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Chronic exertional compartment syndrome
  1. Mark Hutchinson
  1. Correspondence to Mark Hutchinson, Department of Orthopaedics, University of Illinois at Chicago, Chicago, Illinois, USA; mhutch{at}

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The diagnosis of chronic exertional compartment syndrome (CECS) is commonly delayed due to the poor use of terminology by athletes, and many clinicians, that virtually any pain in the leg is ‘shin splints’. We will be able to provide our patients with a better serviceif we can target a more specific diagnosis with earlier and focused treatment. Therefore, when the history and presentation are most consistent with a stress fracture, radiographs and possibly an MRI or a bone scan should be obtained. If the pain is posterior and related to blood flow, venous or arterial Doppler studies or magnetic resonance angiography should be obtained to confirm the diagnosis of a blood clot or popliteal artery syndrome. Finally, when the history includes increasing pain with exertion with associated resolution with rest, the working diagnosis of CECS should be confirmed with intracompartmental pressure testing. Although alternative techniques using infrared sensors have been proposed,1 most experts agree that intracompartmental pressure testing is the gold standard.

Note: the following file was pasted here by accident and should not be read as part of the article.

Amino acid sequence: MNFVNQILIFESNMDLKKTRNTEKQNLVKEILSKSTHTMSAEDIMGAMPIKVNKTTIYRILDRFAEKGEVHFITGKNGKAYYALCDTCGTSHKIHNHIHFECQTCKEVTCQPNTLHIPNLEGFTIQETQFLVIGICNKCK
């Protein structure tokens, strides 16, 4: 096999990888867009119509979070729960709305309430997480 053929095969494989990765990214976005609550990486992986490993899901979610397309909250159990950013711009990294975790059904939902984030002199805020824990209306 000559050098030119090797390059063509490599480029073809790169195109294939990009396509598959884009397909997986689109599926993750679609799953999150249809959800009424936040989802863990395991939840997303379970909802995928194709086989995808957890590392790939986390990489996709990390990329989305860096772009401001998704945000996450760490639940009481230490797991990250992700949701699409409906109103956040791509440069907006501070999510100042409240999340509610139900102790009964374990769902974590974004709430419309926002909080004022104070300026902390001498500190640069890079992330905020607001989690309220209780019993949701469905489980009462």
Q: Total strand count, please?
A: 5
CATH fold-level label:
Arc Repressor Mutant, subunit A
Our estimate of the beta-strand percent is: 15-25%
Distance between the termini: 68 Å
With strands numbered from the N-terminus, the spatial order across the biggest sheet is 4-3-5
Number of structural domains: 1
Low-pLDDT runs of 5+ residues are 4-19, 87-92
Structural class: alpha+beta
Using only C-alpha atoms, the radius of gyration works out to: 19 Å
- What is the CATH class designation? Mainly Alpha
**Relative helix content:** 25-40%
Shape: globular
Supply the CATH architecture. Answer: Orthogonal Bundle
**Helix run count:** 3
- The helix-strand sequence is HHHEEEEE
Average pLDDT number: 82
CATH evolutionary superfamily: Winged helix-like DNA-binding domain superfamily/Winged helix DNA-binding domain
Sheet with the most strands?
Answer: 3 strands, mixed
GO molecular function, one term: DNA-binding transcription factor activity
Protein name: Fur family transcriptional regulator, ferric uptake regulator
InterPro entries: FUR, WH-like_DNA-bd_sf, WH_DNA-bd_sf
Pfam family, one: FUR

Key questions, however, remain regarding the specific protocol a clinician should undergo when performing intracompartmental pressure testing. Should both legs be tested? Should the isolated, most symptomatic compartment or all four compartments be routinely tested? Are resting, immediate postexertion and delayed postexertion tests required for adequate testing?

Historical protocols

Classic use of intracompartmental pressure measurements was established for the diagnosis of acute and not CECSs. In general, the clinical presentation for an acute compartment syndrome is more obvious with exquisite, unrelenting pain associated with a palpably tense compartment. In these cases, it is reasonable to test only the suspicious compartment. Indeed, it is within the standard of care to proceed with a fascial release in the acute setting even without confirming elevated pressures with an intracompartmental pressure measurement. For CECS, the standard of care is to confirm the diagnosis …

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  • Competing interests None.

  • Provenance and peer review Commissioned; internally peer reviewed.